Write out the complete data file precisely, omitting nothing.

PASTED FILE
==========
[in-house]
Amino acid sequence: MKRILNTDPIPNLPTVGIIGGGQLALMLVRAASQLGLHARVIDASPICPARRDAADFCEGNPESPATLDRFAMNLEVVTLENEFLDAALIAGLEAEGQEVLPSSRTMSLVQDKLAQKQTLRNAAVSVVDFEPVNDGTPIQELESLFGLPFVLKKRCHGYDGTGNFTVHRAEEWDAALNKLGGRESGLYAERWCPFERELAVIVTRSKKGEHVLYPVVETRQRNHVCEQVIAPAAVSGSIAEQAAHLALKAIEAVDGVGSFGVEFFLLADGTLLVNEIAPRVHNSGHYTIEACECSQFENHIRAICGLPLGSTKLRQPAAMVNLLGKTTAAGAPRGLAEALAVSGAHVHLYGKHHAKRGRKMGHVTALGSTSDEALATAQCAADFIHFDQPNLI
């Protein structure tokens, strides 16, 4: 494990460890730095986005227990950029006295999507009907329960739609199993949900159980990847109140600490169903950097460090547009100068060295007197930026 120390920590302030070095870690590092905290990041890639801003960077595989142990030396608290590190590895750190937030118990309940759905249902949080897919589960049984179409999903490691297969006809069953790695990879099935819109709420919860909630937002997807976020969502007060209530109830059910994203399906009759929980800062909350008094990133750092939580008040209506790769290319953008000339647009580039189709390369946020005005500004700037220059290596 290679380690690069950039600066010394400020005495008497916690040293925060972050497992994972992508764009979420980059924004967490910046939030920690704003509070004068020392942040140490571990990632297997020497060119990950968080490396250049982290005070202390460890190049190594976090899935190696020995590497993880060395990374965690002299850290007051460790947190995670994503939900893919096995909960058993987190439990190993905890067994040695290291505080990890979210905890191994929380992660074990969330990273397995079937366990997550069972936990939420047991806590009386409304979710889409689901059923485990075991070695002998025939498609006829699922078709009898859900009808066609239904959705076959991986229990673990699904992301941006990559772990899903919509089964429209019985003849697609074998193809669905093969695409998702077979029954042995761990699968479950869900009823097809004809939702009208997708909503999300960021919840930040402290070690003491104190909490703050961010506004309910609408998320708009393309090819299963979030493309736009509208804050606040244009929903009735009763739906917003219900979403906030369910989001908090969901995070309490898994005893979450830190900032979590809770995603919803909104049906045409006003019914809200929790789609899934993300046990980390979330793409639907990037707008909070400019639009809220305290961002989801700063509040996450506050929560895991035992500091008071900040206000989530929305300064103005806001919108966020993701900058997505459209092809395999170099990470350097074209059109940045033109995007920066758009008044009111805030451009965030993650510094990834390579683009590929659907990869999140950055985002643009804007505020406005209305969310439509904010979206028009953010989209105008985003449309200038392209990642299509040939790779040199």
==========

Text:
[in-house]
Amino acid sequence: MKRILNTDPIPNLPTVGIIGGGQLALMLVRAASQLGLHARVIDASPICPARRDAADFCEGNPESPATLDRFAMNLEVVTLENEFLDAALIAGLEAEGQEVLPSSRTMSLVQDKLAQKQTLRNAAVSVVDFEPVNDGTPIQELESLFGLPFVLKKRCHGYDGTGNFTVHRAEEWDAALNKLGGRESGLYAERWCPFERELAVIVTRSKKGEHVLYPVVETRQRNHVCEQVIAPAAVSGSIAEQAAHLALKAIEAVDGVGSFGVEFFLLADGTLLVNEIAPRVHNSGHYTIEACECSQFENHIRAICGLPLGSTKLRQPAAMVNLLGKTTAAGAPRGLAEALAVSGAHVHLYGKHHAKRGRKMGHVTALGSTSDEALATAQCAADFIHFDQPNLI
């Protein structure tokens, strides 16, 4: 494990460890730095986005227990950029006295999507009907329960739609199993949900159980990847109140600490169903950097460090547009100068060295007197930026 120390920590302030070095870690590092905290990041890639801003960077595989142990030396608290590190590895750190937030118990309940759905249902949080897919589960049984179409999903490691297969006809069953790695990879099935819109709420919860909630937002997807976020969502007060209530109830059910994203399906009759929980800062909350008094990133750092939580008040209506790769290319953008000339647009580039189709390369946020005005500004700037220059290596 290679380690690069950039600066010394400020005495008497916690040293925060972050497992994972992508764009979420980059924004967490910046939030920690704003509070004068020392942040140490571990990632297997020497060119990950968080490396250049982290005070202390460890190049190594976090899935190696020995590497993880060395990374965690002299850290007051460790947190995670994503939900893919096995909960058993987190439990190993905890067994040695290291505080990890979210905890191994929380992660074990969330990273397995079937366990997550069972936990939420047991806590009386409304979710889409689901059923485990075991070695002998025939498609006829699922078709009898859900009808066609239904959705076959991986229990673990699904992301941006990559772990899903919509089964429209019985003849697609074998193809669905093969695409998702077979029954042995761990699968479950869900009823097809004809939702009208997708909503999300960021919840930040402290070690003491104190909490703050961010506004309910609408998320708009393309090819299963979030493309736009509208804050606040244009929903009735009763739906917003219900979403906030369910989001908090969901995070309490898994005893979450830190900032979590809770995603919803909104049906045409006003019914809200929790789609899934993300046990980390979330793409639907990037707008909070400019639009809220305290961002989801700063509040996450506050929560895991035992500091008071900040206000989530929305300064103005806001919108966020993701900058997505459209092809395999170099990470350097074209059109940045033109995007920066758009008044009111805030451009965030993650510094990834390579683009590929659907990869999140950055985002643009804007505020406005209305969310439509904010979206028009953010989209105008985003449309200038392209990642299509040939790779040199």